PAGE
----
I find it frightening on so many levels. Yet despite my fear of it and probably in spite of my naturally outspoken, passionately driven and often strongly opinionated personality I still play with it and experiment with it just like I am right now. Put your hands up if you are only here because of the cat and gun image? Yes. I thought so. Almost all of us, even the so called guru’s who charge to train and teach and maximise our use and a firms investment LinkedIn, Twitter and so on, are really like that first human being Bert, who played with fire out of curiosity, hypnotised by the mystical flickering flame. When he subsequently set fire to his enemies dwelling and realised that the wonderful flame could also destroy things nobody had invented the offence of arson. There was no example set. Nobody considered it a crime of passion, it was just one of those things. We haven’t even educated one single generation yet about the benefits and the dangers of social media. As far as I am aware it does not form part of the school curriculum, it is not discussed as part of the moral guidance delivered in churches. When I was a child there was a splendid Community Police Sergeant called Keith Ellis who used to come to my school. He brought people to talk to us about the dangers of railway lines, swimming in lakes, crossing roads, talking to strangers, riding bicycles and later during our teenage years he warned us of the dangers of drugs, alcohol, glue sniffing, aerosol abuse and going off the rails. Who tells our children today about the dangers of social media? I know that we are quite rightly abundantly clear and aware of the dangers of strangers on the web, but how does a 17 year old know what Facebook can really do, how does a 40 year old know how to utilise his privacy settings? Who has told him? How does a job seeker know that he is actively alienating every recruiter and potentially lot’s of prospective employers due to his blog posts or his rants on discussions on Linkedin.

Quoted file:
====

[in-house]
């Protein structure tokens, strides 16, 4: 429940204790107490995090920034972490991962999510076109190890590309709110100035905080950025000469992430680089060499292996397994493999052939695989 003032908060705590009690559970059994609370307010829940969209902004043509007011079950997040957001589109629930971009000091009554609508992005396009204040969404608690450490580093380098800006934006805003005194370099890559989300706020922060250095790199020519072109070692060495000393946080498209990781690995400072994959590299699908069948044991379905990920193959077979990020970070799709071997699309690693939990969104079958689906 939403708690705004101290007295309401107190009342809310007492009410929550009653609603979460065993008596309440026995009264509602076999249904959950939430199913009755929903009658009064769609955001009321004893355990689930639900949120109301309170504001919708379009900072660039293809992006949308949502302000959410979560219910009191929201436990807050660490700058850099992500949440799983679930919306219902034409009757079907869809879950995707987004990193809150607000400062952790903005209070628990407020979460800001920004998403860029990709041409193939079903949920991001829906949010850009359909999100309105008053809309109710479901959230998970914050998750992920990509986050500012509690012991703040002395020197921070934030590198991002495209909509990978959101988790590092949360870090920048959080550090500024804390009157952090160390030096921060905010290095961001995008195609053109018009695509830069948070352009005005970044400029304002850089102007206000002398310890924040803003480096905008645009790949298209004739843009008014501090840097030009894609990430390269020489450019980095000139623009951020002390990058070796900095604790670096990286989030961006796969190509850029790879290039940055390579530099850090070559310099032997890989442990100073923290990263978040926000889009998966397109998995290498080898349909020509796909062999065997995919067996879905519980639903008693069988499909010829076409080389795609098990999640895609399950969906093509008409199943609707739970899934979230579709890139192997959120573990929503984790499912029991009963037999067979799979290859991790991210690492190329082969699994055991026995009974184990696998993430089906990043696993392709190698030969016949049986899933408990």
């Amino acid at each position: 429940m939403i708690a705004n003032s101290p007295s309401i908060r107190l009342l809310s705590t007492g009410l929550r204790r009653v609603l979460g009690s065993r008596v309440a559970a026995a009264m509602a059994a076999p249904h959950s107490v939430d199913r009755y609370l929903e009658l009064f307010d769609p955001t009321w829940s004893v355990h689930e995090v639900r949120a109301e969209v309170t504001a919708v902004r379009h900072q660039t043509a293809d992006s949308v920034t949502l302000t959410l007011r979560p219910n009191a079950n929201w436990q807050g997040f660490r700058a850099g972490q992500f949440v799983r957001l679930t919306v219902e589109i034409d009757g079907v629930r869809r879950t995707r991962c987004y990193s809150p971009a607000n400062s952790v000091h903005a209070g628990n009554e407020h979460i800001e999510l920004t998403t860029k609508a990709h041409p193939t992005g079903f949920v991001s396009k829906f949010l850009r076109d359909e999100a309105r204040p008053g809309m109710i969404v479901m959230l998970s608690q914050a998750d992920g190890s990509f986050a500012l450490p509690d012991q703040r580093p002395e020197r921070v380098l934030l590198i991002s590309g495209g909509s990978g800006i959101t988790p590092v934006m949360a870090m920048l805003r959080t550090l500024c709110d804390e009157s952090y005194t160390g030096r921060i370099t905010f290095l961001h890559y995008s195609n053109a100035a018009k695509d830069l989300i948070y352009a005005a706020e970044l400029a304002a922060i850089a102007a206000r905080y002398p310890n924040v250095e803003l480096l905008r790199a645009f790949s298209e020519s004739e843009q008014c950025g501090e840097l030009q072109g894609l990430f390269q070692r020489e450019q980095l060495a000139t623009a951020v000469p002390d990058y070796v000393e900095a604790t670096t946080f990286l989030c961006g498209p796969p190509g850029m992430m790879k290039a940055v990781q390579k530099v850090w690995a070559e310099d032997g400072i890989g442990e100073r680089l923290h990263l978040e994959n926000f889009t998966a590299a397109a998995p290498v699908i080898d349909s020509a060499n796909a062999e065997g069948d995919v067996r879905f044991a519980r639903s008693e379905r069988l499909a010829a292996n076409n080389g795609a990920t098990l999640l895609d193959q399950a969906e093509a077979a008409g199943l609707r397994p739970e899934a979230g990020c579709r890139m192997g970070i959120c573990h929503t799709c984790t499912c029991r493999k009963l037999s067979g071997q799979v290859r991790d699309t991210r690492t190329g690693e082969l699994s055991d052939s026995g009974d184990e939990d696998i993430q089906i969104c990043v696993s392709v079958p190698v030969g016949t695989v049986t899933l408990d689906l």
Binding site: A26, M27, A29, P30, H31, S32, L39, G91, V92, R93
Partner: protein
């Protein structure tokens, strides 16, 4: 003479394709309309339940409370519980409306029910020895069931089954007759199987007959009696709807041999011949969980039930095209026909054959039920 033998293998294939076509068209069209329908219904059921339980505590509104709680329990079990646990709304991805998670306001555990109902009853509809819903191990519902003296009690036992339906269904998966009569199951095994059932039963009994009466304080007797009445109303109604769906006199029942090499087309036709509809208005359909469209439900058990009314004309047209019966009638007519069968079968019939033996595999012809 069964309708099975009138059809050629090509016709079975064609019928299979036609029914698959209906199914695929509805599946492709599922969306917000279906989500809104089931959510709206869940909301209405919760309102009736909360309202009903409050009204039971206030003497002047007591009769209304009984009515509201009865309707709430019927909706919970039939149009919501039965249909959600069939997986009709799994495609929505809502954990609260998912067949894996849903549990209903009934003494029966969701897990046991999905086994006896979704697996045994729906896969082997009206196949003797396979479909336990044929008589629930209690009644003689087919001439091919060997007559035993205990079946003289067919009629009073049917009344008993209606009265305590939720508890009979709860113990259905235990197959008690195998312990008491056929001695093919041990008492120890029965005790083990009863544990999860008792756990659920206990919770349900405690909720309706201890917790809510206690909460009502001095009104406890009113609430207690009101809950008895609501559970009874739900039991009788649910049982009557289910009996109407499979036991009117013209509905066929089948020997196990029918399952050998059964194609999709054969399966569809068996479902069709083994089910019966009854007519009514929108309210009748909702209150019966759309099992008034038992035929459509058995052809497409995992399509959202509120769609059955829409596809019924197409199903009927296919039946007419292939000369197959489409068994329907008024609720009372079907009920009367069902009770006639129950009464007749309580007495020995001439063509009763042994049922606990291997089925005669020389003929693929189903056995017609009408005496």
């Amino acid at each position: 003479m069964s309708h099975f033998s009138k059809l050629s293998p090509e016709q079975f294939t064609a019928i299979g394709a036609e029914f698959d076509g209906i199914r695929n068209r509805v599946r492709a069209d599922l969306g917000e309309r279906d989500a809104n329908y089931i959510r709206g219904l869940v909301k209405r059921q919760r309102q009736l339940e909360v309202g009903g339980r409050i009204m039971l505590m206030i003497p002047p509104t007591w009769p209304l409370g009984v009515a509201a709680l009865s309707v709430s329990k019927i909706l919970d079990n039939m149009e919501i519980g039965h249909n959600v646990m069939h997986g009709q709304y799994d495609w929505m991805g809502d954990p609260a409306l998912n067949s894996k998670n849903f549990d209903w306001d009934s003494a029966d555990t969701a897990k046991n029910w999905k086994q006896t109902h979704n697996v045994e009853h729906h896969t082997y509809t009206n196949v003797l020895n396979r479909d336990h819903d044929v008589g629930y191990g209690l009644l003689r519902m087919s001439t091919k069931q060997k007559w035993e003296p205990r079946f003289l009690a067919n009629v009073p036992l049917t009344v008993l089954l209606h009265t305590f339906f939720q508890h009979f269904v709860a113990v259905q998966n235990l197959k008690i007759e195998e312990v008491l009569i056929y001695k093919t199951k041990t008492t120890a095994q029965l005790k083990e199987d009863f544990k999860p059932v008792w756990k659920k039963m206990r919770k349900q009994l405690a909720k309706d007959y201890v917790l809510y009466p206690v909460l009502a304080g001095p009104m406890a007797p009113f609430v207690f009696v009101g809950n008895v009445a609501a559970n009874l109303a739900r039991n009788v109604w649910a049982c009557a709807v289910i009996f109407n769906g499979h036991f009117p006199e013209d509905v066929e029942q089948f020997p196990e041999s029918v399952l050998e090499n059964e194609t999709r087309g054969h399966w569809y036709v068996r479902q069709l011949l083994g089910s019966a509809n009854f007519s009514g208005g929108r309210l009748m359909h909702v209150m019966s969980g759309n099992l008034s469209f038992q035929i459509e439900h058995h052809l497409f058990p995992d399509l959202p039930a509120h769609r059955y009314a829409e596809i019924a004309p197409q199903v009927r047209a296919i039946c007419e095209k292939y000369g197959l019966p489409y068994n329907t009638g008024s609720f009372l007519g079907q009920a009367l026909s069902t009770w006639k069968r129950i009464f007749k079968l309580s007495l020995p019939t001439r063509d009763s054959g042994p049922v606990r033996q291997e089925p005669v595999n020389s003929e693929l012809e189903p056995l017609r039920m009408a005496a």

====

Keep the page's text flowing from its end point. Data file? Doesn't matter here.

Make-BelieveWe are basically making it up as we go along, changing the rules to suit public opinion, jumping to conclusions about what everyone thinks, responding en mass in an almost hysterical manner. Forgetting that just because it is the majority opinion it doesn’t make it the right opinion. I think it was Ricky Gervais who said something like

“Just because you’re offended, doesn’t mean you’re right.”